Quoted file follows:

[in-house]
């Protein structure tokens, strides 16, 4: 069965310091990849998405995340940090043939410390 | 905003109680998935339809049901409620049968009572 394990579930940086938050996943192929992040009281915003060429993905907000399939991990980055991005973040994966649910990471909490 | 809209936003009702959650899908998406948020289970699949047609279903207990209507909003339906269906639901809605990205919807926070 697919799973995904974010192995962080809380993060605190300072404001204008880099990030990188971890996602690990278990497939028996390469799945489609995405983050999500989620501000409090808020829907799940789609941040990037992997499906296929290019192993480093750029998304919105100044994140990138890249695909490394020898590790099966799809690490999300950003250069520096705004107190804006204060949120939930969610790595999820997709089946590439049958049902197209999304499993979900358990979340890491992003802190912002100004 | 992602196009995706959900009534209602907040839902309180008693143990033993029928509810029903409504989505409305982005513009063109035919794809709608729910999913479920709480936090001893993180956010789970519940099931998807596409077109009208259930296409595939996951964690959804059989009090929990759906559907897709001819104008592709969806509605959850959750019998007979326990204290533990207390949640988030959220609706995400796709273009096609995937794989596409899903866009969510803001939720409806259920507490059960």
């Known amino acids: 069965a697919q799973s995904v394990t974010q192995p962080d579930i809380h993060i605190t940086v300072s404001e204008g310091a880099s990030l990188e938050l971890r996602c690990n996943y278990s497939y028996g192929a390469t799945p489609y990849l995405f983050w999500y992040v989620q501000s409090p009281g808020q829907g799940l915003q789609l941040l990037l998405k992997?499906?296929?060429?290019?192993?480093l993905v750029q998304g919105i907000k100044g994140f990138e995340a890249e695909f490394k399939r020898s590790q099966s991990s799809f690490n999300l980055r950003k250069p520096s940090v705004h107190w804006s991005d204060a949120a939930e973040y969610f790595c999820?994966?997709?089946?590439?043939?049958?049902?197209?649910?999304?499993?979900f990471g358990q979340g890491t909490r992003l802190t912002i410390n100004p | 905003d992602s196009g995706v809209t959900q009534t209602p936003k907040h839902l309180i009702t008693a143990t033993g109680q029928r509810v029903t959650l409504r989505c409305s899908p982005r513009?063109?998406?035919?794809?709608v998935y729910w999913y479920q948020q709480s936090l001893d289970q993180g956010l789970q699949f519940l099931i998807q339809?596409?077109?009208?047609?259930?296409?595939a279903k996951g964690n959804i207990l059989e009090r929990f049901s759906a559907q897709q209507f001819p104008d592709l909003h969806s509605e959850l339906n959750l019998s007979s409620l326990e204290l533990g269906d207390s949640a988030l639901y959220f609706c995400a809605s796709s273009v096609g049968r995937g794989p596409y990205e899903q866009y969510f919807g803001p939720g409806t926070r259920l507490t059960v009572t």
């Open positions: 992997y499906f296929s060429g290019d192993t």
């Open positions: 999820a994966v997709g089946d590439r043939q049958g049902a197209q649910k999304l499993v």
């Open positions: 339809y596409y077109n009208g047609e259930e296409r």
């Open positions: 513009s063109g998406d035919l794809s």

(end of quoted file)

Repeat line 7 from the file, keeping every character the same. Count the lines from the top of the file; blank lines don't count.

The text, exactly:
């Open positions: 513009s063109g998406d035919l794809s």